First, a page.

The Supreme Court on Tuesday questioned the “alleged inaction and silence” on the part of Prime Minister Manmohan Singh for 16 months in taking a decision on a private complaint seeking sanction for prosecution of A. Raja, who has since resigned as Telecom Minister, in the 2G spectrum scam.
“The Prime Minister could have said that the material on record was insufficient and declined sanction but he could not have sat over the complaint for 16 months,” observed Justice A.K. Ganguly, who was on a two-judge Bench presided over by Justice G.S. Singhvi.
The Bench was hearing a special leave petition filed by Janata Party president Subramanian Swamy for a direction to the Prime Minister to grant sanction for prosecution of Mr. Raja. It asked Solicitor-General (SG) Gopal Subramaniam, representing the Prime Minister, to go through records and inform the court on Thursday what action was taken on Dr. Swamy's complaint.
Dr. Swamy, citing the judgment in the Vineet Narain case, said the sanctioning authority (SA) should decide one way or the other within three months and must act independently on the material placed on record. However, since Mr. Raja had now resigned, no sanction was required for his prosecution, Dr. Swamy said, adding he must be permitted to file the private complaint in the competent court.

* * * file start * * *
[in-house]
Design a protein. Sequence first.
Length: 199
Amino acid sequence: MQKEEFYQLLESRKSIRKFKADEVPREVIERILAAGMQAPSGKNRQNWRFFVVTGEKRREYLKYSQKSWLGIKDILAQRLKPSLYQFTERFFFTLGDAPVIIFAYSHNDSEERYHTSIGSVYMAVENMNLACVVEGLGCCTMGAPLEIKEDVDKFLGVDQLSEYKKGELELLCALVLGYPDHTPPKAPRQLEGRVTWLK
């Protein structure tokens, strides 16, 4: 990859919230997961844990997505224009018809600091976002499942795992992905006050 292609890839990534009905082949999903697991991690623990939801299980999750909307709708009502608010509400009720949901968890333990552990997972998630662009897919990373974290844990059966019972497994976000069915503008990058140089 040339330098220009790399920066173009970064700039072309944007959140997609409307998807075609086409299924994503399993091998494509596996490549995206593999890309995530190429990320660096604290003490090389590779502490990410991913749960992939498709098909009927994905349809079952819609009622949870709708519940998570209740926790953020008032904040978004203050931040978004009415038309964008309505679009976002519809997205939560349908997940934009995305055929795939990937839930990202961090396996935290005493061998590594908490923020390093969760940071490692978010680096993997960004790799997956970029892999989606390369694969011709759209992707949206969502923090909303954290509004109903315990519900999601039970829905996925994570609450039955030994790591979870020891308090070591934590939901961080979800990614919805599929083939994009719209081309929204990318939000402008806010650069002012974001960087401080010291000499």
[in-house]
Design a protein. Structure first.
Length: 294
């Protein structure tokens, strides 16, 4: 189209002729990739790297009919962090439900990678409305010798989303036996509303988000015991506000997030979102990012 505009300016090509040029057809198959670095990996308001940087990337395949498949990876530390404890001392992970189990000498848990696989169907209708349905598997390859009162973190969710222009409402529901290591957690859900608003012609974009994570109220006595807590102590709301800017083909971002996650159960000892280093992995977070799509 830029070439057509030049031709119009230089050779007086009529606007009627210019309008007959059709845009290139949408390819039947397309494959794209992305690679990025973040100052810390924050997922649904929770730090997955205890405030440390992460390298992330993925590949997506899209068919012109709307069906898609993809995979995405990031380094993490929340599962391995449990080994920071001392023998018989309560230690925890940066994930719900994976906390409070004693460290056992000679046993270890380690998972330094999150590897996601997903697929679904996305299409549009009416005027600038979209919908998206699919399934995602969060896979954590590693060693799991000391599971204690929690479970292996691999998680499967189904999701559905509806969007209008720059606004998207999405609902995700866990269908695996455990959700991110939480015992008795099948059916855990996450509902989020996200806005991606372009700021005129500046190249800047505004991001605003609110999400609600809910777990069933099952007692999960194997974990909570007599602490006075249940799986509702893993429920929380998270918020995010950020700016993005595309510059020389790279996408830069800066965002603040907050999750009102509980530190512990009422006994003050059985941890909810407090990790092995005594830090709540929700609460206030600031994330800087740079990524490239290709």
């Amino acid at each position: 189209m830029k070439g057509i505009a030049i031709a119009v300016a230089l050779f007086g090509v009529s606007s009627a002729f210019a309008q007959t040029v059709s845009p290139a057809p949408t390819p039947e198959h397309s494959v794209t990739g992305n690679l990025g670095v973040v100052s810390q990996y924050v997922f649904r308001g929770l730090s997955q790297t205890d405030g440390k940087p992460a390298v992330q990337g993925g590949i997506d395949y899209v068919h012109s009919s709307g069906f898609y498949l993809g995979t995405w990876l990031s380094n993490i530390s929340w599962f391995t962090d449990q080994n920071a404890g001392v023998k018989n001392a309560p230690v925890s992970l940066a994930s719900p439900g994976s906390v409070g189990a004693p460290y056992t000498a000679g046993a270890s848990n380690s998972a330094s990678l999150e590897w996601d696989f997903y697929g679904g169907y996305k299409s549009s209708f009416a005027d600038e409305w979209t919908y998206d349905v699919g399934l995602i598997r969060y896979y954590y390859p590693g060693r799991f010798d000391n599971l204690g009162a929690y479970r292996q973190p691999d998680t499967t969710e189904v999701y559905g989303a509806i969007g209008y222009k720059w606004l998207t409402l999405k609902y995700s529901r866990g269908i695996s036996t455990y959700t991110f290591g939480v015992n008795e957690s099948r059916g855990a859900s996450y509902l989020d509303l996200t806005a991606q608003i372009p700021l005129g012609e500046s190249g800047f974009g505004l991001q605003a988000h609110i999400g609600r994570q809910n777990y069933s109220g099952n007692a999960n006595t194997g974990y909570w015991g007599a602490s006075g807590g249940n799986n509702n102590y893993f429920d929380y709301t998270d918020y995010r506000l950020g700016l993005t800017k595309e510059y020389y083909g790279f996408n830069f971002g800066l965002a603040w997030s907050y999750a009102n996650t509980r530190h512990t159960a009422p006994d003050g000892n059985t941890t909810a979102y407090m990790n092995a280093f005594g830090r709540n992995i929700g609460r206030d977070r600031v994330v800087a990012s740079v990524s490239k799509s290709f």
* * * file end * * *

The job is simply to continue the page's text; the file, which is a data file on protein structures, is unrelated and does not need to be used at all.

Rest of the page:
The SG said it was open to the SA to look into other material before arriving at a decision. He said the three-month period mentioned in the Vineet Narain case pertained to cases where investigation had been completed. It was open to the SA to await the result of the probe for a proper decision.
Justice Ganguly told the SG: “The three months' time for grant of sanction laid down by the Supreme Court is for the purpose of fair and good governance. The judgment says the SA will not be influenced by extraneous materials. We find it is now more than 16 months. The SA can say I am not inclined to give sanction. But we find alleged inaction and silence for 16 months.”
Justice Ganguly referred to the Prime Minister's reply sent to Dr. Swamy on March 19, 2010 that he wanted to wait for further material or await CBI investigation, and said “for the PM saying it is premature [to decide on sanction] is what is troubling us.”
Justice Ganguly said: “The SA can say ‘yes' or ‘no', but to say premature means the complainant has not got that right yet. You look at the language of the letter and the tenor of the reply. Communication coming from a constitutional authority like the Prime Minister has to be carefully used.”